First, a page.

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MC Blogfest: Interview with Ellen Jo Carter, age 4 ½ years, from In Preacher’s Creek
Interviewer: Susan Kane, author of In Preacher’s Creek
Questions: 1. What is your greatest fear? 2. What is your biggest accomplishment? 3. What is your biggest regret?
Kane: Hello, Ellen. I am glad you could join me today. You sure look very pretty in your lovely dress!
Ellen Jo: My momma made me wear this dress, it’s my Sunday dress. Momma fixed my hair and she scrubbed me hard to make sure I was clean. Momma is ‘ticular like that. And, she wouldn’t let Kent come with me! He’s my brother and he is six years old. I am 4 ½ years old, and we do everything together. I mean, everything, and we go everywhere together. (Ellen looks around uncertainly, and wiggles in her chair. She pats down the poufy skirt, and then scratches the scabs on her knee. Her patent leather shoes hang over the edge of the chair, and her feet swing back and forth.) Do you like my shoes? I like them a lot. They’re called ‘Mary Jane’ shoes, ‘cause someone named Mary Jane owned them ‘fore me, maybe.
Kane: Are you nervous about being here by yourself?
Ellen Jo: I don’t know what that means—nervous?. My dress is itchy, and Momma said I had to sit like a lady. Do I have to sit like a lady? (Kane shakes her head, with a smile.) Ohhh, thank you! You won’t tell Momma, will you, ‘cause she is picky like that. (Ellen pulls the dress up from behind her. Her relief is palpable.)
Kane: So, Ellen. I want to ask you some questions. (Ellen nods, while scratching her head where a fluffy bow is tied.) The first question is: What is your greatest fear?
Ellen Jo: (Her eyes grow wide.) Greatest fear? You mean, I can have only one? I got bunches of fears. (Kane indicates that Ellen can name more.) I guess I am afraid that Kent will ditch me,and leave me behind. When he does that, it usually means I get caught ‘cause I’m a slow runner. Or it means Kent has gone off with Bobby or somebody else. Then I'd get left behind, without him.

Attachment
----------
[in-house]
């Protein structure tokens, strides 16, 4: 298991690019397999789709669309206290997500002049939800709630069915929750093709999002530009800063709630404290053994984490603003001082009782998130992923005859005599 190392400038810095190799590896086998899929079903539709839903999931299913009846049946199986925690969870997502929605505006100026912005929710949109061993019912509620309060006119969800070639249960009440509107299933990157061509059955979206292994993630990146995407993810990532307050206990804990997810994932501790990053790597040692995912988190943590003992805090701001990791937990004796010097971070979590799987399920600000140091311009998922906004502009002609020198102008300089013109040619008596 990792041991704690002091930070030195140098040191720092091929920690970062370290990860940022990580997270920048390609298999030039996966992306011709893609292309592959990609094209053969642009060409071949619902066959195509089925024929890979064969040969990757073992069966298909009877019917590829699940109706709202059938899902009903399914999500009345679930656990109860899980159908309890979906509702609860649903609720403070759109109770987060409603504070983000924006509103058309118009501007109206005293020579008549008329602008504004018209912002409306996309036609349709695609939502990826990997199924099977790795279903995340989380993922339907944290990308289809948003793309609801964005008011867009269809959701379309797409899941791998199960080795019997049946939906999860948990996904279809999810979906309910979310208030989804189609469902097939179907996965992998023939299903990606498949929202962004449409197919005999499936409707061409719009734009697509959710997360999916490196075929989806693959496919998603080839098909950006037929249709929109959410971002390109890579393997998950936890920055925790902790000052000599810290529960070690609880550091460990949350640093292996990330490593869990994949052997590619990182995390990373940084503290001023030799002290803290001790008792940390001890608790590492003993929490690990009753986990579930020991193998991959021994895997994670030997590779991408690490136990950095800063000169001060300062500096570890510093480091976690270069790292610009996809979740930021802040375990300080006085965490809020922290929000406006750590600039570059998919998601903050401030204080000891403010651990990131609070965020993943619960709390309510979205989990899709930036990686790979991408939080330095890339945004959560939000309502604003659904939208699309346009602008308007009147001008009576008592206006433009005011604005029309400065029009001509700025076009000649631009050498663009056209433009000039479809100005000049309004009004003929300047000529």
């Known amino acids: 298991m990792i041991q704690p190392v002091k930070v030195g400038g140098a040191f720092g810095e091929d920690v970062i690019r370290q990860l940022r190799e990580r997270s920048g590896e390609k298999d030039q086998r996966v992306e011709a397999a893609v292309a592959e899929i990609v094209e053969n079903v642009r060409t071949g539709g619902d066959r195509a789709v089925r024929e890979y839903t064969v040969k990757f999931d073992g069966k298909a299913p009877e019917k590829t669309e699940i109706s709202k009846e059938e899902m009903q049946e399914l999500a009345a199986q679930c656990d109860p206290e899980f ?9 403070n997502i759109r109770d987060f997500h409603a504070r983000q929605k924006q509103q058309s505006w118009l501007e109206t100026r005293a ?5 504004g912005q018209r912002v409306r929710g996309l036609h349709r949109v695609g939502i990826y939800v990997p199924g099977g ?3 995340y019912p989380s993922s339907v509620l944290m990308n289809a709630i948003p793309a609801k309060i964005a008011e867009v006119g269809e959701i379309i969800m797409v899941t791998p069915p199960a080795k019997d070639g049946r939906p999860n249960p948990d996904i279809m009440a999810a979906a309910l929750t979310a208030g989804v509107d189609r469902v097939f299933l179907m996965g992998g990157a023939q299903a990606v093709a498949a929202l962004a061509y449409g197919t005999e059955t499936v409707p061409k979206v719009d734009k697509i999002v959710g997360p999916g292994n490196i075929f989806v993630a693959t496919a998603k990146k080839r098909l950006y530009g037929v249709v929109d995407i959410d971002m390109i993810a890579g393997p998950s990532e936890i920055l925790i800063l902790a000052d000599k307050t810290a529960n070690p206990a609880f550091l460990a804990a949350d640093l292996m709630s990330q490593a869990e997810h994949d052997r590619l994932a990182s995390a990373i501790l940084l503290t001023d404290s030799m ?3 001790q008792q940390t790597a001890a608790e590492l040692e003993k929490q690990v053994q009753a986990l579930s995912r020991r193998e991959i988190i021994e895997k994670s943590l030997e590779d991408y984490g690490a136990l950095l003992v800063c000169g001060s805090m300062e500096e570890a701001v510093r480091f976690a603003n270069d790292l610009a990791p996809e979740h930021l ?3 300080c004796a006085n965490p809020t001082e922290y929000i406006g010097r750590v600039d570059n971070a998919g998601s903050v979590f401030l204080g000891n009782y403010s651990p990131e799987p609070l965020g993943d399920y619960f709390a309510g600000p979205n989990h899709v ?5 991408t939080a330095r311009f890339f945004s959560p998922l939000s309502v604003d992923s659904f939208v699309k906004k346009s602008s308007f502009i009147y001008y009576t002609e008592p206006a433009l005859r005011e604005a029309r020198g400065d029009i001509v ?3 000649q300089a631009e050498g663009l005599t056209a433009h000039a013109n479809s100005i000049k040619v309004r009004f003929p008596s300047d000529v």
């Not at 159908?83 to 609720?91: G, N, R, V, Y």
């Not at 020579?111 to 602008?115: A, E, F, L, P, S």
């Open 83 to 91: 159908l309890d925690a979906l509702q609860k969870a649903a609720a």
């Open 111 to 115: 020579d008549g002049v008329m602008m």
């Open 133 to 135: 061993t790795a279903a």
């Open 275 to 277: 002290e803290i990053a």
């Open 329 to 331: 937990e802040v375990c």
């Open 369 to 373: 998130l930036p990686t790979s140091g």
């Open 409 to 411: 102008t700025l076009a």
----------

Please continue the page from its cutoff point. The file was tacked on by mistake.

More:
We been together since I was born, about a hundred years.
|The author with her family|
Kane: Very good, Ellen! (Ellen Jo beams at the praise.) Now, the next question is: What is your biggest accomplishment? (Ellen appears puzzled. Kane explains definition.) ‘Accomplishment’ means something that you learned to do that was hard for you, but you did it anyway. Can you think of something?
Ellen Jo: Oh, yeah, I know of somethin’! You see, I was really scared that the devil was gonna take me because I was doin’ all this sinning when Kent and me did stuff we got in trouble for doin’. You know, like stealing the bases on the playground and hiding them in Bobby’s shed? Or when we painted Ol’ Man Henderson’s shed with left-over paint?
Anyway, I couldn’t sleep or eat, ‘cause I was afraid the devil’d come and steal my soul. Finally, Momma asked Pastor Beechum to come to my house and he prayed with me. I gived my heart and soul to Jesus, and I’m not afraid anymore. (Then she lowered her voice to a whisper.) Kent is still a big-time sinner; he lies all the time, and he knows he’s goin’ straight to hell, if he don’t stop sinning. (Ellen Jo leaned back, folded her hands on her lap, and gave Kane a sweet satisfied smile.)
Kane: Well, then. Just one more question: What is your biggest regret? ‘Regret’ means how you feel when you have done or said something that you wish you hadn’t done.
Ellen Jo: (Her face changed from sweetness to great sadness, and her hazel eyes glistened with tears.) Oh. I know what you mean. I called Bobby a “dummy head” and told him that I was smarter than him. I told him that he was stupid. His face looked all twisted up when I said that, and then he wouldn’t look at me for the longest time, and he wouldn’t play with me. I wish I hadn’t said that, and he won’t let me say I’m sorry. I can’t make it right, ever.
Kane: (She looked at her watch.) Well, that’s all I wanted to ask you for now. I just want to say that I love working with you and Kent. You two sure have interesting adventures. You can go now.
Ellen Jo Carter hopped down off the chair and skipped through the open door. “Momma! Momma! I did real good! I didn’t pick my nose or anything! Can we go get ice cream? Me and Kent? Can we get ice cream?” The noises receded, with a boy’s voice joining in with Ellen’s words. Kane peered out the door, and saw Kent take Ellen’s hand as they left the building.
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